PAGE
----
Alliance Resources

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Common Consequences of a Toxic Workplace Culture…And How to Fix It!

Signs of toxic workplace culture may be seen throughout the office. For instance, the lack of communication between managers and teams means employees receive no feedback or recognition for their work. High levels of stress lead to a greater incidence of fatigue, illness, and burnout. Turnover increases because employees don’t want to work for your company. Fortunately, you can use your leadership position to turn things around for your finance team and, eventually, the organization. For help finding finance professionals, contact the top Corporate Finance Recruiters in LA at Alliance Resource Group.

Accept Responsibility

Since toxic workplace culture starts at the top, accept responsibility for how things currently are. Because leadership’s actions set the example for the rest of the organization to follow, it’s up to you to make changes and alter behavior. Think strategically about how you want to respond to the situation. Recognize your own fears, insecurities, and roadblocks so you can uncover the same among your team.

Observe Team Behaviors

Look for specific ways your team contributes to toxic workplace culture. One method you can use is the SCARF model. SCARF stands for status, certainty, autonomy, relatedness, and fairness. These are five factors that influence behavior in social situations and may cause tension in the workplace. Use this model to gain information and guide individual conversations. For instance, look for team members who tend to hold power over others or disrespectfully treat them. See who intentionally withholds information to undermine others’ effectiveness and credibility. Identify teammates who micromanage or avoid delegating, taking away empowerment from others. Uncover cliques and ostracizing behavior that can result in team members feeling replaceable. Determine which teammates work without consulting others or providing transparency into their process or rationale. Find out who tends to dominate conversations or act defensively.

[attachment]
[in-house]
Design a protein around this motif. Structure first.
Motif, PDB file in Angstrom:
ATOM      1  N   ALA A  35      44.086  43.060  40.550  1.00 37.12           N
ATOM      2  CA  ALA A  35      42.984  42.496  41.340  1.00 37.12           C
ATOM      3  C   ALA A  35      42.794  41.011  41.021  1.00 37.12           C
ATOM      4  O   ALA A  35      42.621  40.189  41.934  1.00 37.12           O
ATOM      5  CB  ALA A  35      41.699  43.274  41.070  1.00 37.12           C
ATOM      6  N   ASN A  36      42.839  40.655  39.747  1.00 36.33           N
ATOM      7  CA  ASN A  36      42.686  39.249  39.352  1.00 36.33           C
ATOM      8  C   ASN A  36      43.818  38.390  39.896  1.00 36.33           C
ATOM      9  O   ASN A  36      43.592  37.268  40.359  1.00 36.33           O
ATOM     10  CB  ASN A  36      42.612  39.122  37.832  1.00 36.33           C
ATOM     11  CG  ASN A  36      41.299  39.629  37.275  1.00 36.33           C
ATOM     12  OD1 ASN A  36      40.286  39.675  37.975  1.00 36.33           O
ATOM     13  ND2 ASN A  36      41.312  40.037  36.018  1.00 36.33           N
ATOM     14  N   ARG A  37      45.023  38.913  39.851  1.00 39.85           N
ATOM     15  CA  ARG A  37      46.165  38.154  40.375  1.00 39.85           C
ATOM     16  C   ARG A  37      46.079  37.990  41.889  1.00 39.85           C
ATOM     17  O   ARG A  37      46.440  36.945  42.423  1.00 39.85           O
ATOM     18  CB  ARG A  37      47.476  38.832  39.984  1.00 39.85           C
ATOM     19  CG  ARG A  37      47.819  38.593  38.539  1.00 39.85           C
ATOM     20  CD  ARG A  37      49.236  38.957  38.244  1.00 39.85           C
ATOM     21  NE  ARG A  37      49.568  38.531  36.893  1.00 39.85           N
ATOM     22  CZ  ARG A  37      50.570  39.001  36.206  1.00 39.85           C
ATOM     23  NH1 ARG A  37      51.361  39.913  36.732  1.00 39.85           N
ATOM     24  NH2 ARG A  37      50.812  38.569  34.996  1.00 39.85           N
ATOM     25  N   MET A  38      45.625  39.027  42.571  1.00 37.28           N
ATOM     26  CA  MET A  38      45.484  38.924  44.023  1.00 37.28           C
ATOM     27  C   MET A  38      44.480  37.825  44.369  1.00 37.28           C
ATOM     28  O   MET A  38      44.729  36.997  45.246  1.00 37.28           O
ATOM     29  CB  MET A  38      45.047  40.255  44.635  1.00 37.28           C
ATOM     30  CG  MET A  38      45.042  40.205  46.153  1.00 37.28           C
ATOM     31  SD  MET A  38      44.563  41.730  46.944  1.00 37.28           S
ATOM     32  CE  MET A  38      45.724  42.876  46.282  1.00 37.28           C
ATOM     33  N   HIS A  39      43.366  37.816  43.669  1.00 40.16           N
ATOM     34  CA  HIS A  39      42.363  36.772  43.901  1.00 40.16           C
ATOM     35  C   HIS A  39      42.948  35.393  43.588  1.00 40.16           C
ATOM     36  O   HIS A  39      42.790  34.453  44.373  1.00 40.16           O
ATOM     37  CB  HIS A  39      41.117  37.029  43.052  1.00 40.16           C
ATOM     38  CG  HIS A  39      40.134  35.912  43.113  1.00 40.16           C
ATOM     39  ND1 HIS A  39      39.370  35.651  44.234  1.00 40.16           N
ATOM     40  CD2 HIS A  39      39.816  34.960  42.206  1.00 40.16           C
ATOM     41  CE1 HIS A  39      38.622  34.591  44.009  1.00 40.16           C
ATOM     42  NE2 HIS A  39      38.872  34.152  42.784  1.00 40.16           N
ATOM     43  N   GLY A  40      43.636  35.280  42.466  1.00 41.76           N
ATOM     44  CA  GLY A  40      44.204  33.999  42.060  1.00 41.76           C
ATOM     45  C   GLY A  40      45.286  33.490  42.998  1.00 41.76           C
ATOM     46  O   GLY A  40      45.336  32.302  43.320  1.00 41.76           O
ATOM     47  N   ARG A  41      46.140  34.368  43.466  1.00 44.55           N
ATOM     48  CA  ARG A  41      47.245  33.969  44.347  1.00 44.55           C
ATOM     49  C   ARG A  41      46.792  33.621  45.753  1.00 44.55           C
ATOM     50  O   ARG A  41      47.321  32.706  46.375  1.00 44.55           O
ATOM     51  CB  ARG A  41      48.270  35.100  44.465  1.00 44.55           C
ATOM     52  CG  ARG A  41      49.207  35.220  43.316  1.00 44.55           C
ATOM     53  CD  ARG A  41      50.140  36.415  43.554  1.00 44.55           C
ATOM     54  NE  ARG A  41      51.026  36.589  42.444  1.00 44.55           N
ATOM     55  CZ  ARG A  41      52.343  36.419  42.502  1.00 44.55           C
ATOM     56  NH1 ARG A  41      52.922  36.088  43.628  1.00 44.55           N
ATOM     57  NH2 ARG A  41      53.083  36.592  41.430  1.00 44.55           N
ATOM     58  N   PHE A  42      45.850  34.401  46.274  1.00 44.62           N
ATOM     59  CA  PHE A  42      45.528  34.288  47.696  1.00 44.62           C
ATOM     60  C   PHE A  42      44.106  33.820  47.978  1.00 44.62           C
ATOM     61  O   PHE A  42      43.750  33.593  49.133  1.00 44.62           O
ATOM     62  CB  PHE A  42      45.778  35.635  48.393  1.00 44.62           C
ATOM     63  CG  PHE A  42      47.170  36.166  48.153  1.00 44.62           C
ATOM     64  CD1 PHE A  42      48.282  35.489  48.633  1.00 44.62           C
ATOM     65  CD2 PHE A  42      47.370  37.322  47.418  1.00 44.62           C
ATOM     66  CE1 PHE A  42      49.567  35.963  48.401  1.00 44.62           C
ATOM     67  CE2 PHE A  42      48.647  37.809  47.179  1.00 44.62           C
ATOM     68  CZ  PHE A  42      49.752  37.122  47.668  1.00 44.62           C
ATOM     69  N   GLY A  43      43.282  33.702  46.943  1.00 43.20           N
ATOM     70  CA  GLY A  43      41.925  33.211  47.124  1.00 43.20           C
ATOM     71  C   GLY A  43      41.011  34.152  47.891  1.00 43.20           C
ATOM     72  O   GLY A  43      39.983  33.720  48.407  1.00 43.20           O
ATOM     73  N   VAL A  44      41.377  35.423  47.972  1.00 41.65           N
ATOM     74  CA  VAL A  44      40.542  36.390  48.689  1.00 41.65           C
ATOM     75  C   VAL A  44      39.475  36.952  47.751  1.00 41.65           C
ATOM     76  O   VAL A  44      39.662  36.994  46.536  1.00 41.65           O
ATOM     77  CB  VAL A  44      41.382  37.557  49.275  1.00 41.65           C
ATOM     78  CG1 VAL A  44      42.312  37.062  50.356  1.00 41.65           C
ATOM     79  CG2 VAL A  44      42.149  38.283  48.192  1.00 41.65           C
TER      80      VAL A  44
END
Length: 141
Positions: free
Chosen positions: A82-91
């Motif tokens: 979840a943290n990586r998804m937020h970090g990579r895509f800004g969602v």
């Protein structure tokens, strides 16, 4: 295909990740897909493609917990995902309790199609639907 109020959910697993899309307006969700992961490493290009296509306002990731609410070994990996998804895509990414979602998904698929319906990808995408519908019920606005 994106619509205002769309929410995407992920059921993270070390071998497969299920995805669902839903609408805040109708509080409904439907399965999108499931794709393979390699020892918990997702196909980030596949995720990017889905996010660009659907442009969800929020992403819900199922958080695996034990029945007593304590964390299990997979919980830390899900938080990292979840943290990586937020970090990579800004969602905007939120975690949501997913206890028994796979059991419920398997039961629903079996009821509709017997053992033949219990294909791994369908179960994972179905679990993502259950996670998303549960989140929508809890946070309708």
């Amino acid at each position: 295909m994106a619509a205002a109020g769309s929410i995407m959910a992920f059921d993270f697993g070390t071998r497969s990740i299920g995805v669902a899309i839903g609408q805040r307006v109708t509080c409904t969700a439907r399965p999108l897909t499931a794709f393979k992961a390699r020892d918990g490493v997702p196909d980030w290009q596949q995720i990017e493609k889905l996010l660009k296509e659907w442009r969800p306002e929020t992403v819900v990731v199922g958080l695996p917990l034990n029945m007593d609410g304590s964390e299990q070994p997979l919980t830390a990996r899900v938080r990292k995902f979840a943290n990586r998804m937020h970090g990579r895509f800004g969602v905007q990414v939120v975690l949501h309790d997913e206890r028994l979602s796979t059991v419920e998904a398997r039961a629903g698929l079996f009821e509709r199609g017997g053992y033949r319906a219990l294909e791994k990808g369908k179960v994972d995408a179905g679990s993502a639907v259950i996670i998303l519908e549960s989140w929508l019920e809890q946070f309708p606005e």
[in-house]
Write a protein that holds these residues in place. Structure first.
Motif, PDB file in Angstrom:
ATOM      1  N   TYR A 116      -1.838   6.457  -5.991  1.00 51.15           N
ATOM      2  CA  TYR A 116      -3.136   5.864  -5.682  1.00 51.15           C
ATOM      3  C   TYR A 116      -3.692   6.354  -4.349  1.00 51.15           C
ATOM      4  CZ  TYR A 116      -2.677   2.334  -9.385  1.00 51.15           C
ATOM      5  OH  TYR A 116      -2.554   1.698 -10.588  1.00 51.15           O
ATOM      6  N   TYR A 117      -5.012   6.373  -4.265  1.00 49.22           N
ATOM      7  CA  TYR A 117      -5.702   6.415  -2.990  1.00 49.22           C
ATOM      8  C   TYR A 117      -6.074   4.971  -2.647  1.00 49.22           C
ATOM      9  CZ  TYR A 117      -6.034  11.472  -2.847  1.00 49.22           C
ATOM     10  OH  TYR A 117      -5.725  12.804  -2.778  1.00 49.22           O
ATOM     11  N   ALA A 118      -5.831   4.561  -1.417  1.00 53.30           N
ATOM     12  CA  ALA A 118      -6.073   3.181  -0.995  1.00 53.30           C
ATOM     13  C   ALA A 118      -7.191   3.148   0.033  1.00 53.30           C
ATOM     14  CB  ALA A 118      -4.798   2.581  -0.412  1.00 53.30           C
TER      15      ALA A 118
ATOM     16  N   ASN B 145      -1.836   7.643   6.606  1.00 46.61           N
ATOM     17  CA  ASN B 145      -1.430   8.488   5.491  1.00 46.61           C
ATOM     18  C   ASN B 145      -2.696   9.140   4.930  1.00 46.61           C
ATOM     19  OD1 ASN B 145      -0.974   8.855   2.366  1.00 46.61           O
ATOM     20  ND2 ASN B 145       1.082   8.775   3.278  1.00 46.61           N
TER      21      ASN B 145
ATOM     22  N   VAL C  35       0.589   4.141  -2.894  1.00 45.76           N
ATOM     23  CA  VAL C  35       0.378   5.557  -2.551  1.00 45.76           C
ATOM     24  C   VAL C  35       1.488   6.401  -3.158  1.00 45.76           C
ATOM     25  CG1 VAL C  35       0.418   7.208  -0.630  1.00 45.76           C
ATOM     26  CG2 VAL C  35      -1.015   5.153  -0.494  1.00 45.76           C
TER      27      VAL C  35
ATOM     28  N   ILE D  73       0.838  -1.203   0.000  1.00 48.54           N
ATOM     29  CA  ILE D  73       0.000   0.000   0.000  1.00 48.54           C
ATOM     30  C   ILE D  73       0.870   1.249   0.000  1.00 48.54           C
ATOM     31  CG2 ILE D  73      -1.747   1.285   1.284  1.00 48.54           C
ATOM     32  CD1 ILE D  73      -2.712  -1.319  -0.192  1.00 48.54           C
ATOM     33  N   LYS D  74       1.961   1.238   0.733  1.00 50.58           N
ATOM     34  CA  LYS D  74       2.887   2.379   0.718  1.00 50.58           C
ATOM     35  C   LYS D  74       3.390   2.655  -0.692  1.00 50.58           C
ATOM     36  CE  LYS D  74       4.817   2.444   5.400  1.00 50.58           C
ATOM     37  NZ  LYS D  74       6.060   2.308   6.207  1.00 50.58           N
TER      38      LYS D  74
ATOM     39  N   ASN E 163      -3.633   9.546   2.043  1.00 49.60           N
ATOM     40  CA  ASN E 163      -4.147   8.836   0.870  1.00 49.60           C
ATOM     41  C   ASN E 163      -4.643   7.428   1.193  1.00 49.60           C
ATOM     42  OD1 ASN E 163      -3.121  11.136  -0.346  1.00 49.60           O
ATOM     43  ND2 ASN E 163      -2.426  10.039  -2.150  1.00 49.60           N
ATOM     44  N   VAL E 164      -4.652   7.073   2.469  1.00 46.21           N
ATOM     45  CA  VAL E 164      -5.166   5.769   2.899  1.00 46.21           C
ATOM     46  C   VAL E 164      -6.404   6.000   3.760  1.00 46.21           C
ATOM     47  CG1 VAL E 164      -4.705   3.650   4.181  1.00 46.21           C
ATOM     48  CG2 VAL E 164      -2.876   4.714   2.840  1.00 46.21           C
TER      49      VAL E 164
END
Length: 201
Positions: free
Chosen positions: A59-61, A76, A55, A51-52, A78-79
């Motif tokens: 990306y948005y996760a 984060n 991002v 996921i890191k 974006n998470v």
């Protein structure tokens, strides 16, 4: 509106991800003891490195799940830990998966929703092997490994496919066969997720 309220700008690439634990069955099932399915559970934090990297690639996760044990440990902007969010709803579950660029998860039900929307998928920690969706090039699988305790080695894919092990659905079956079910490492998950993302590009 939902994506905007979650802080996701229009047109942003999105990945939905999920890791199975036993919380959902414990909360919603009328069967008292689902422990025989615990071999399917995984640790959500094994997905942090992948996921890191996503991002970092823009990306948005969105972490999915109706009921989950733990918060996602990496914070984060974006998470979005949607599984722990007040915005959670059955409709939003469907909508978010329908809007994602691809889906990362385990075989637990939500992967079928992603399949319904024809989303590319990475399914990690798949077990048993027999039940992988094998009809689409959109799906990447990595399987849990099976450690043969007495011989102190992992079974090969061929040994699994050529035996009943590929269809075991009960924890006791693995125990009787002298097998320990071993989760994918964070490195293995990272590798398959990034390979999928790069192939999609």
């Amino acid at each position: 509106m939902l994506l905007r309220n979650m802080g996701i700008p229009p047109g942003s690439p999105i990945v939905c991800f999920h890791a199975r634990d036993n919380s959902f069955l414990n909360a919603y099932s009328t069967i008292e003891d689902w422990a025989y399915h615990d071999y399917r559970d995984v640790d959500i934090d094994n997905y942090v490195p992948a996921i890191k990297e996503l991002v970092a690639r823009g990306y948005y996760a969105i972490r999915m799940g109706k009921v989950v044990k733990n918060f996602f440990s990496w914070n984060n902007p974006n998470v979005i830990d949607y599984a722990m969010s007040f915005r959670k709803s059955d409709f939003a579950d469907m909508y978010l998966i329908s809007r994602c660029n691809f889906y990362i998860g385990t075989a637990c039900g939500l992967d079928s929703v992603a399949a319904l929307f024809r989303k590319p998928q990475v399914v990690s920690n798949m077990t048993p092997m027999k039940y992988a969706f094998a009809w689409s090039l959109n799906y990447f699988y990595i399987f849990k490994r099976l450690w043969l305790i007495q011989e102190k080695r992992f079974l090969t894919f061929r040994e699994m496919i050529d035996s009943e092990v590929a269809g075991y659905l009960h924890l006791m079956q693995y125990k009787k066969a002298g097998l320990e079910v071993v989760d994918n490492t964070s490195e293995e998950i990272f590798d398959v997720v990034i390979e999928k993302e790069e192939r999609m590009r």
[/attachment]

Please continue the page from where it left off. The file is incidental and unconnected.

Talk with Your Team

Restore psychological safety by talking with your team. You may want to focus on the threats outlined in the SCARF method. For instance, create opportunities for teammates to get to know each other as a way to build relatedness and trust. Establish norms for productively dealing with conflict. Before meetings, share agendas focused on solutions and outcomes. Clarify individual short-term goals in line with team and company goals. Regularly give team members solution-based feedback. Encourage everyone to take part in making decisions. Provide information and context for organizational changes. Publicly recognize desired business results. Celebrate team successes.

Share Your Plan

Use what you learned to create a corrective plan for your team. Include each member’s strengths and role in improving culture. Point out why their talents are valued and how they complement your team. Schedule regular check-ins to gauge progress and measure success. Create shared participation in and ownership of the problem-solving process. This will increase morale and productivity.

Improve Your Workplace Culture

Improve your workplace culture with help from Alliance Resource Group. Our leading Corporate Finance Recruiters in LA connect you with the finance professionals you need to fill your openings. Contact us today.